Although their rivalry with the Cossacks has been making headlines for several years, the Bandidos' beef with the Ghost Riders is much older. In 1979, Texas Monthly reported that the Ghost Riders were formed as a Bandidos “farm league” but drifted beyond the original club's control. The Ghost Riders allied with the Dallas Banshee chapter, another motorcycle club hostile to the Bandidos, in the late '70s.
After the alliance, Steve “Trapper John” Vance, a Ghost Rider, was wounded by a shotgun blast from a passing car he said had been driven by a Bandido. Vance later pleaded guilty to the shotgun shooting of Bandidos member Big Jam Bagent and received 10 years probation. He was later found hiding out from the Bandidos in an apartment with an arsenal of guns to protect him.
In December 2013, law enforcement officials in Seattle said Karl Twilleager, an aging leader of the Ghost Riders, was involved in a plot to bomb a bar associated with the Bandidos.
“This defendant and his gang planned a violent attack on rivals that could have caused serious injuries and deaths,” the U.S. Attorney’s Office said in a prepared statement. “Innocent bystanders could have been caught up in the carnage.”
Twilleager had recently finished a prison sentence for shooting a man three times, loading his body into the trunk of a car and dumping his corpse on the roadside.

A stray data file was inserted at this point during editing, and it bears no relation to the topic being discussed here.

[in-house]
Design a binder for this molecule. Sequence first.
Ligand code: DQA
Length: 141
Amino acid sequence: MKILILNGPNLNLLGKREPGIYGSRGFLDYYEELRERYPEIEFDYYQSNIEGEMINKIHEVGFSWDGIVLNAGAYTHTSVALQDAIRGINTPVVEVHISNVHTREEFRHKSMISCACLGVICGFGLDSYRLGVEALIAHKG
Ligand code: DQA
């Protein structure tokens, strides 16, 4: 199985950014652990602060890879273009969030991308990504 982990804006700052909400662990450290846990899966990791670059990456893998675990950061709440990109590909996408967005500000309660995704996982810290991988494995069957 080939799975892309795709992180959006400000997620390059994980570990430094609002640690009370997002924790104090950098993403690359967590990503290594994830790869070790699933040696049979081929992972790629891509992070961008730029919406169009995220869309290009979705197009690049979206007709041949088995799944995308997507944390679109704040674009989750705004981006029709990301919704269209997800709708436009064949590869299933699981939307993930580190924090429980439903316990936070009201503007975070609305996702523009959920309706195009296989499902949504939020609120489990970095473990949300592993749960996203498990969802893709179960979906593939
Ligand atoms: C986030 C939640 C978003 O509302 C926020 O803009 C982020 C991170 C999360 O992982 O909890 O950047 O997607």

At last week's trial for Baker, the Fort Worth Bandidos' chapter president, several witnesses claimed the group stormed Gator's bar shot at the Ghost Riders and members of other one-percenter motorcycle clubs who wore Lone Star State patches on their vests. Witnesses recalled screams of “get down” and “call 911.” One witness told jurors that she found Brady, the Ghost Rider who was killed, on the ground with blood pouring from his face.
“I found a pulse,” she said, “but I’m scared to flip him over.”
Justin Blakely, who played fiddle at Gator’s but left before the shooting began, said he knew what was going to happen when he left the bar and saw the Bandidos. He said he heard multiple gunshots and saw several flashes.
“Immediately after the gunfire, I saw them get on their bikes and leave,” he said.
Pamela Boggess, lead prosecutor for the Tarrant County District Attorney’s Office, told the Observer after Baker was convicted and sentenced Tuesday morning that they are grateful for the courage demonstrated by witnesses who came forward to testify and the consideration given to this case by the jurors.
"We hope that this verdict will finally bring some measure of peace to Geoffrey Brady’s family,” she said.